Sandy Hook in Monmouth County, New Jersey — The American Northeast (Mid-Atlantic)
Coastal Defenses of Sandy Hook
—Maritime History —
By the 1890s, concrete gun batteries were constructed to defend against long-range naval cannon. The batteries were continually improved and remained operational through World War II. Nike missiles, placed here in the 1950s, were the final descendants of the coastal defenses built on Sandy Hook.
Erected by National Park Service, State of New Jersey Division of Parks & Forestry.
Location. 40° 28.253′ N, 74° 0.269′ W. Marker is in Sandy Hook, New Jersey, in Monmouth County. Marker is on Cainfield Road, on the left when traveling east. Touch for map. Marker is in Fort Hancock in the Sandy Hook Unit of Gateway National Recreation Area. Marker is in this post office area: Highlands NJ 07732, United States of America.
Other nearby markers. At least 8 other markers are within walking distance of this marker. Navigating Sandy Hook Waters (about 500 feet away, measured in a direct line); The World War II Years (about 700 feet away); Site of Master Mechanic’s Quarters Chemical Laboratory (approx. 0.2 miles away); Locomotive Engineer’s House (approx. 0.2 miles away); Fort Hancock Officers’ Club (approx. ¼ mile away); Proving Ground Foreman’s House (approx. 0.3 miles away); Battery Potter (approx. 0.3 miles away). Touch for a list and map of all markers in Sandy Hook.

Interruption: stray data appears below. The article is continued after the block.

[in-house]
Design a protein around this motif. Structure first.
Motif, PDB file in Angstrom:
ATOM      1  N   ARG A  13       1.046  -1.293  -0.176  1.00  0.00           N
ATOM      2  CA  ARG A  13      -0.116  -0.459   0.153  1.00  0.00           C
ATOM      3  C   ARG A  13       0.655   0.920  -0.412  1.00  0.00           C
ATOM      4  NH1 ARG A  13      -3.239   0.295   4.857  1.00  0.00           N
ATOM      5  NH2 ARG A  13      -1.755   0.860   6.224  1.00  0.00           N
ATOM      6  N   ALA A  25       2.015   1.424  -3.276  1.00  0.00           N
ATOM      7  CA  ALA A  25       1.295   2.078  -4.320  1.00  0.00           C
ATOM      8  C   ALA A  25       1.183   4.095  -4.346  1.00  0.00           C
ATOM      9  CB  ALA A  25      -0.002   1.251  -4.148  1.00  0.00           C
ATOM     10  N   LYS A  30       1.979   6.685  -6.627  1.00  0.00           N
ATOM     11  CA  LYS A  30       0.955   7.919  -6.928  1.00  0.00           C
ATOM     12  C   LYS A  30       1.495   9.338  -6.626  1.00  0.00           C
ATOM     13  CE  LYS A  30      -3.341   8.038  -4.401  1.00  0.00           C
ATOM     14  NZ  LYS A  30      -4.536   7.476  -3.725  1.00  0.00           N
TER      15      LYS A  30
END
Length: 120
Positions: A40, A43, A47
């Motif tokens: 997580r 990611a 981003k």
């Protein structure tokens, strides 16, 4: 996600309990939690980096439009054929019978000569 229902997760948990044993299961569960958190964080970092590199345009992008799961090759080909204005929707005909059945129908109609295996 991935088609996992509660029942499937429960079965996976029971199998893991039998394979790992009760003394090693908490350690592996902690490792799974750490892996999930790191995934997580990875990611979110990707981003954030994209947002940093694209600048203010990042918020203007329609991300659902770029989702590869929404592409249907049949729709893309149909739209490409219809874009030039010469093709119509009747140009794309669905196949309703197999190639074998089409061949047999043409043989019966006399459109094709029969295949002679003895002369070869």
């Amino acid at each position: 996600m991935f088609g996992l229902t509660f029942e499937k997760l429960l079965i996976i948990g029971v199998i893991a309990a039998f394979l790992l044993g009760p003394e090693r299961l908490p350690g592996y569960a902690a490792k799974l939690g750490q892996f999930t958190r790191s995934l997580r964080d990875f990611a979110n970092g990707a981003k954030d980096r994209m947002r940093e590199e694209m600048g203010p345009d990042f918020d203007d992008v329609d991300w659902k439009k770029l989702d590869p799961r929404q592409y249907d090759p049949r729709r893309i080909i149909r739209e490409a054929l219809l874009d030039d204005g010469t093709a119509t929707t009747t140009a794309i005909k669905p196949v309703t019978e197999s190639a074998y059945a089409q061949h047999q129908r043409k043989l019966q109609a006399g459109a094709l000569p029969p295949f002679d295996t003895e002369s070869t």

More about this marker. A series of photographs appear on the bottom of the marker. An 1880s view of the “Fort at Sandy Hook” has a caption of “The ‘Fort at Sandy Hook’ was begun in 1859 but never completed. The east wall later became the foundation for Nine Gun Battery. The southwest bastion still stands and serves as a base for a watertank.” A picture of a “Twelve inch disappearing gun at Battery Richardson, 1910 includes a caption of “The ‘disappearing guns’ of Nine Gun Battery were loaded and aimed from behind the protection of massive concrete walls. When ready to fire, the gun carriage was raised. Firing of the gun caused it to recoil behind the wall, making it ‘disappear’ from the enemy’s view.” Another photo depicting a “Nike
Also see . . .
1. Fort Hancock. NY Harbor Parks website. (Submitted on September 22, 2009, by Bill Coughlin of North Arlington, New Jersey.)
2. New Jersey Coastal Heritage Trail Route. National Park Service website. (Submitted on September 22, 2009, by Bill Coughlin of North Arlington, New Jersey.)
Categories. • Forts, Castles • Military •
Credits. This page was last revised on June 16, 2016. This page originally submitted on September 22, 2009, by Bill Coughlin of North Arlington, New Jersey. This page has been viewed 1,253 times since then and 45 times this year. Photos: 1, 2, 3, 4, 5. submitted on September 22, 2009, by Bill Coughlin of North Arlington, New Jersey. 6. submitted on May 29, 2010, by Terese Hatch of Bridgewater, New Jersey. 7, 8. submitted on May 29, 2010, by David W. Hatch of Bridgewater, New Jersey.